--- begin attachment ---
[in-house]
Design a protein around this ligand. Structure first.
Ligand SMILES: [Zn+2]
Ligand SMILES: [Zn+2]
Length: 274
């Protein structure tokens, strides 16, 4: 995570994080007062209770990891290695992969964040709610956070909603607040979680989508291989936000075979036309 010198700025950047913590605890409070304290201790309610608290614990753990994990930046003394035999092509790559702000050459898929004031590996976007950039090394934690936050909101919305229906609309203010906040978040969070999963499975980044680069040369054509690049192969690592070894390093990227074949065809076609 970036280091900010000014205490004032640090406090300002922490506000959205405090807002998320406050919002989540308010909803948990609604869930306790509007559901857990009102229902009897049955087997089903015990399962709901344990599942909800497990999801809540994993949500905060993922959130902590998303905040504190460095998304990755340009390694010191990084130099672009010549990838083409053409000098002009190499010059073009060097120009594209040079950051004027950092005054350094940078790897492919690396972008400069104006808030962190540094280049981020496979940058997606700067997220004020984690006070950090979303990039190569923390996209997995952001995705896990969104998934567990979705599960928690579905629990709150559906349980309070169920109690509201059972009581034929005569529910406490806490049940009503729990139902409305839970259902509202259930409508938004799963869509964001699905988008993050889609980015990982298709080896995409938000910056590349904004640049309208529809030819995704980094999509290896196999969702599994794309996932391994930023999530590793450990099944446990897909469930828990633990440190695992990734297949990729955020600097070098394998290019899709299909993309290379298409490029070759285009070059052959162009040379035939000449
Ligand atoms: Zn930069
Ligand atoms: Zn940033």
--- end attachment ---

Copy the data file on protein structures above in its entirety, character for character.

[in-house]
Design a protein around this ligand. Structure first.
Ligand SMILES: [Zn+2]
Ligand SMILES: [Zn+2]
Length: 274
């Protein structure tokens, strides 16, 4: 995570994080007062209770990891290695992969964040709610956070909603607040979680989508291989936000075979036309 010198700025950047913590605890409070304290201790309610608290614990753990994990930046003394035999092509790559702000050459898929004031590996976007950039090394934690936050909101919305229906609309203010906040978040969070999963499975980044680069040369054509690049192969690592070894390093990227074949065809076609 970036280091900010000014205490004032640090406090300002922490506000959205405090807002998320406050919002989540308010909803948990609604869930306790509007559901857990009102229902009897049955087997089903015990399962709901344990599942909800497990999801809540994993949500905060993922959130902590998303905040504190460095998304990755340009390694010191990084130099672009010549990838083409053409000098002009190499010059073009060097120009594209040079950051004027950092005054350094940078790897492919690396972008400069104006808030962190540094280049981020496979940058997606700067997220004020984690006070950090979303990039190569923390996209997995952001995705896990969104998934567990979705599960928690579905629990709150559906349980309070169920109690509201059972009581034929005569529910406490806490049940009503729990139902409305839970259902509202259930409508938004799963869509964001699905988008993050889609980015990982298709080896995409938000910056590349904004640049309208529809030819995704980094999509290896196999969702599994794309996932391994930023999530590793450990099944446990897909469930828990633990440190695992990734297949990729955020600097070098394998290019899709299909993309290379298409490029070759285009070059052959162009040379035939000449
Ligand atoms: Zn930069
Ligand atoms: Zn940033």